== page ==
S: No, no, no, I wish. I stayed in Turkey for 10 years. The next company, because it wasn't a fully a startup, we didn't have the board and we were very young. I started when I was 17 and finished probably when I was 23. So our investor bankrupt, so it means our supplier bankrupt. Right? And then I had some founder issues at that time. I said, okay, I will not continue this. But what I was able to do is, at that time, there was also no accounting software and no fulfillment software or eCommerce websites. And in Turkey, we have a very interesting dynamic that was there, and it still doesn't exist in the US, which is our credit cards can automatically have installments. So every card in Turkey, every bank, has their own card.
Even if they are Visa, MasterCard, they can do installments dynamically. In the website you select, like now Amazon Prime cards, you can select, "I want to have this 5% discount" or 12 months, six months installments. So we have that in all of our cards. So, when you have that, there was no accounting software in Turkey that can calculate how much money will come to your bank account in six months. So I build an eCommerce accounting software, eCommerce website generator, and eCommerce fulfillment technologies. And they were all ASP.net, because ASP.net was the most popular language in Turkey that time. So, I take this and build a software as a service business out of it. And I was charging two minimum wage per company. Because I was telling them, if you use my software, you will save at least five people's work so I'm charging you two minimum wages. And it also became widely successful. And I continue to do that business for, I think, three years.
G: So tell us how you ended up in Silicon Valley and how you ended up working on RemoteTeam and raising money in the Valley.
S: So what happens is, when you look at is as a founder, when I look at myself, I really have a lot of ideas. I think one of the things about founders is, you sort of need to be an idea generation machine. It can be about your own product, or it can be about anything. Right? And I had many good ideas and I solved them, turning into a billion dollar businesses. And when I was 30 years old, I decided I'm too late, I should go to Silicon Valley as soon as possible. And I made the decision that, sorry, when I was 29 years old, I will travel the world for a year and then come to Silicon Valley. And because I was born in the US, I had the citizenship, so I didn't have a visa issue or anything.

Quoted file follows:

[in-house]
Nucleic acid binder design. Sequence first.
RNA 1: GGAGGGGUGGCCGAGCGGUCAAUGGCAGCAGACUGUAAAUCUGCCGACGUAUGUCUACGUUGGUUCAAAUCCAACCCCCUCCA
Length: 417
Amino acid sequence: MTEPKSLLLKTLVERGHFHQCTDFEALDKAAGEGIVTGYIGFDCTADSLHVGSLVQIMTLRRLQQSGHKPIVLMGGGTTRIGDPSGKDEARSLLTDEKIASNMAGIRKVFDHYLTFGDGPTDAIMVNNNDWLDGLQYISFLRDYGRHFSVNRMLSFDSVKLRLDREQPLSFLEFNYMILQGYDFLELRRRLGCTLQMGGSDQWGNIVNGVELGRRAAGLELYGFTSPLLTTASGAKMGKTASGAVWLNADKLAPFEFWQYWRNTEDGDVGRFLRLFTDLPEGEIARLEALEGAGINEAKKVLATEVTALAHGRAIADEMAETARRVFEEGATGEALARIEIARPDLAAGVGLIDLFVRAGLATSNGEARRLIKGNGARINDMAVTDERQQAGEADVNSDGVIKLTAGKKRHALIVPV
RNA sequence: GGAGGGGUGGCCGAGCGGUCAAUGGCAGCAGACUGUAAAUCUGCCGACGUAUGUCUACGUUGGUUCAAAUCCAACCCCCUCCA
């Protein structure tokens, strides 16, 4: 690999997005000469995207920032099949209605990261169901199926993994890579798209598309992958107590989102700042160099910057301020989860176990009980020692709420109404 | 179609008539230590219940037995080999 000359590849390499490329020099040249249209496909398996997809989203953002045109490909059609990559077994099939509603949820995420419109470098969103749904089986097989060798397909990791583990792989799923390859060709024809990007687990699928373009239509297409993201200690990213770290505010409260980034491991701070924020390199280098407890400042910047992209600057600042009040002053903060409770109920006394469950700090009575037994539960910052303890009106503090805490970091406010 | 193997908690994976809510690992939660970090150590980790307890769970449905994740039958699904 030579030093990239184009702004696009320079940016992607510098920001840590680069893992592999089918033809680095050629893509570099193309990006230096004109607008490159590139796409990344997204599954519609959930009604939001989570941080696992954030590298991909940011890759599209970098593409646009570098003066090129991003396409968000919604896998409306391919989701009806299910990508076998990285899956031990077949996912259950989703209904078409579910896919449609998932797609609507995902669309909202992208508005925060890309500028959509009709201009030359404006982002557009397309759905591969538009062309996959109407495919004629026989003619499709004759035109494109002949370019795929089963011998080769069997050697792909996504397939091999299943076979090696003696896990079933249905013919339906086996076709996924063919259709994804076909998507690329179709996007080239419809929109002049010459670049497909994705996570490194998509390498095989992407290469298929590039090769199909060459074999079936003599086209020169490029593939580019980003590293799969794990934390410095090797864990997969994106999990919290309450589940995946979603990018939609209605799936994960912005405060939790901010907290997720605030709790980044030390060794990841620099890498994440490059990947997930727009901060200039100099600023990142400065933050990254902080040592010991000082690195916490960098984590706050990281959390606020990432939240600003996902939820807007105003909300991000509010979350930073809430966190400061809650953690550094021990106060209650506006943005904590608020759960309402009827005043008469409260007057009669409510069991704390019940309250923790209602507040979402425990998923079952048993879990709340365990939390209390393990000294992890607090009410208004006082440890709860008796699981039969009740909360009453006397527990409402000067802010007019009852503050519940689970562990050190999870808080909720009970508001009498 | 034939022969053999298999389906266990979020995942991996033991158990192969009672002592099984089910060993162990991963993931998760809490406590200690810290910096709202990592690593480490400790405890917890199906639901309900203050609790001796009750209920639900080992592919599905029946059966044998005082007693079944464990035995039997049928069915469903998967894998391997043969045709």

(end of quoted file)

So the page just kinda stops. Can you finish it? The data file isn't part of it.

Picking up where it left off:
So I traveled the world. I spend a lot of time in Europe, Eastern Europe, Ukraine, and then after one year exactly, close to 10 years ago in 2011, September 2nd, I landed in Silicon valley. And I had exit in Turkey as well. So I had some money to spend and to start my life in Silicon Valley. But when I was traveling the world, I go so wild and I spent nearly all of my money. And when I come to Silicon valley, seriously, $5,000 in my bank account. And I didn't know anyone. Then I realized somehow one of my classmates was in Silicon Valley. We became friends and housemates, and were able to find a place in San Francisco. This is how I came. I always build products that is trending. Then I build a company called MovieLaLa, which was a social network around movies.
And the idea, the smart thing there was, now it's very obvious but at that time nobody was doing this in 2012, when you watch a movie trailer or when you watch something online, you see a black screen, right? Our idea was, and we apply for patents for this, when you watch a movie trailer, you will see a call to action at the end of it, like notify me when this movies in the movie theaters, notify me when there is a new movie from this movie studio. So, we build a very smart dynamic call to action technology, and we were able to work with a lot of movie studios. We were able to raise money from very cool investors. And that was my first startup and we sold it to GfyCat. So I was also very lucky to have my first exit. And then I built another company, a sticker company, an augmented reality company.